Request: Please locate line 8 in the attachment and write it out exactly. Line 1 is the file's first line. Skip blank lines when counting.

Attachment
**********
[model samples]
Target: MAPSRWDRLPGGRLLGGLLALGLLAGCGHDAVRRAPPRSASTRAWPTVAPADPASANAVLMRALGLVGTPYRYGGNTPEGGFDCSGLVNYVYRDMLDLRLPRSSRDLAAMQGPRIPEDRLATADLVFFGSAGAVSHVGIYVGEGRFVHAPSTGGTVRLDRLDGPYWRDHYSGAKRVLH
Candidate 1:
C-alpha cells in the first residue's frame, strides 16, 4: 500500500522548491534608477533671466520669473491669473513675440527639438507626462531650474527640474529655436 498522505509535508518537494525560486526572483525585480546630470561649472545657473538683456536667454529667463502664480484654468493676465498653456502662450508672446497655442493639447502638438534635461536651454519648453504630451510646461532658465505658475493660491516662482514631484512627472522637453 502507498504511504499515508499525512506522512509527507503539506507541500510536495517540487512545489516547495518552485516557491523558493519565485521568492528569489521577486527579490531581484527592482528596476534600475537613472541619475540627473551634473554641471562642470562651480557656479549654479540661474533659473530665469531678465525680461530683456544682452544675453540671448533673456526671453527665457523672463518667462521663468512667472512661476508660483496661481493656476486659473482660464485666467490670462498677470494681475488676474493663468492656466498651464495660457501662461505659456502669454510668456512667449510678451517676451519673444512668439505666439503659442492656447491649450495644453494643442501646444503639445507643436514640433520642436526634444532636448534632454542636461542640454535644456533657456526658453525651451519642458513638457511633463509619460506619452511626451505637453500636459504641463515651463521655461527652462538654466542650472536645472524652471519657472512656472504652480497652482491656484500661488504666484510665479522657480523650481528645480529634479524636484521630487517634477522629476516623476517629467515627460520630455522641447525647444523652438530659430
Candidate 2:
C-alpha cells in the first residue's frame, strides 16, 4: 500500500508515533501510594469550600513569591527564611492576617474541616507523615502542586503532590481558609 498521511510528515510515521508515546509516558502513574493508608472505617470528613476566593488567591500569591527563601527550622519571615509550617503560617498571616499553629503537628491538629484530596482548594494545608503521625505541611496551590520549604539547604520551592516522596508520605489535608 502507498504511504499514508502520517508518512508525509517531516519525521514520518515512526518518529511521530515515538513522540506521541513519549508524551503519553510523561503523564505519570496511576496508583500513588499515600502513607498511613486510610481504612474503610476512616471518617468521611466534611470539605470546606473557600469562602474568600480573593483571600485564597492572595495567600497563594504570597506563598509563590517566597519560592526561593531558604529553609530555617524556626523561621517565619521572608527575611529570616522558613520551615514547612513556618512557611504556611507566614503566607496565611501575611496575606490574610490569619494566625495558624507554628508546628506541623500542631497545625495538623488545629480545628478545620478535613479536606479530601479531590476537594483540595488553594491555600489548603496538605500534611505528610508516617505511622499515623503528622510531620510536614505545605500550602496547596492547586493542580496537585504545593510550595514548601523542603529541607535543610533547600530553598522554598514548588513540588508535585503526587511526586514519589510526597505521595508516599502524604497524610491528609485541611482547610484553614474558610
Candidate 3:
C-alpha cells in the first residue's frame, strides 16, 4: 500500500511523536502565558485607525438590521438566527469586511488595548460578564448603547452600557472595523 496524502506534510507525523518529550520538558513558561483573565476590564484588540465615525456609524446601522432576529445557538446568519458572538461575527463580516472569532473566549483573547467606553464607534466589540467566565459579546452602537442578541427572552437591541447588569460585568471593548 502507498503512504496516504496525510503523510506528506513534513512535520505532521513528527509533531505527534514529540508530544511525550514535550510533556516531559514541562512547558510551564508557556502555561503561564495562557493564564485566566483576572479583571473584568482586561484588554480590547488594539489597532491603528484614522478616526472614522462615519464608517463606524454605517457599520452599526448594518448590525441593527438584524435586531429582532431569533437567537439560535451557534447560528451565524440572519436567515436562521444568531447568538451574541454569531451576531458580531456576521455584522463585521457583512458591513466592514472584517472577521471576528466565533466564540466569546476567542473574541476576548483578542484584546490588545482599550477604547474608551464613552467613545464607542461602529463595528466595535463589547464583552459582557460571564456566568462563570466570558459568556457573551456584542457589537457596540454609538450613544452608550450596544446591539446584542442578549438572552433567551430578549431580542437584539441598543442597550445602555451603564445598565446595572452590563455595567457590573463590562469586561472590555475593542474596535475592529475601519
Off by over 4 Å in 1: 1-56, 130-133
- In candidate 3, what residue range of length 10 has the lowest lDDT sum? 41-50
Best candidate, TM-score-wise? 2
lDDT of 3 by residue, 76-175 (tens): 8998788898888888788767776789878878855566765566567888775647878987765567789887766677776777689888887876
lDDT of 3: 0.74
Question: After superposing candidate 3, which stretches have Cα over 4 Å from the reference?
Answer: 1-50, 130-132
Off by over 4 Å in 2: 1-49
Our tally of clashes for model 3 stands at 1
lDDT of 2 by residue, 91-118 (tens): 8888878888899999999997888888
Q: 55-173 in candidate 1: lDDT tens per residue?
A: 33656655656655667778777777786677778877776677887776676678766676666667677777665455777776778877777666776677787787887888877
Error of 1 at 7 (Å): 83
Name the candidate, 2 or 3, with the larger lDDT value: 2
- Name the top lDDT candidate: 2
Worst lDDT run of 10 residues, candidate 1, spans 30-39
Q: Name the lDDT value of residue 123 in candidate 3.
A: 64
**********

C-alpha cells in the first residue's frame, strides 16, 4: 500500500511523536502565558485607525438590521438566527469586511488595548460578564448603547452600557472595523 496524502506534510507525523518529550520538558513558561483573565476590564484588540465615525456609524446601522432576529445557538446568519458572538461575527463580516472569532473566549483573547467606553464607534466589540467566565459579546452602537442578541427572552437591541447588569460585568471593548 502507498503512504496516504496525510503523510506528506513534513512535520505532521513528527509533531505527534514529540508530544511525550514535550510533556516531559514541562512547558510551564508557556502555561503561564495562557493564564485566566483576572479583571473584568482586561484588554480590547488594539489597532491603528484614522478616526472614522462615519464608517463606524454605517457599520452599526448594518448590525441593527438584524435586531429582532431569533437567537439560535451557534447560528451565524440572519436567515436562521444568531447568538451574541454569531451576531458580531456576521455584522463585521457583512458591513466592514472584517472577521471576528466565533466564540466569546476567542473574541476576548483578542484584546490588545482599550477604547474608551464613552467613545464607542461602529463595528466595535463589547464583552459582557460571564456566568462563570466570558459568556457573551456584542457589537457596540454609538450613544452608550450596544446591539446584542442578549438572552433567551430578549431580542437584539441598543442597550445602555451603564445598565446595572452590563455595567457590573463590562469586561472590555475593542474596535475592529475601519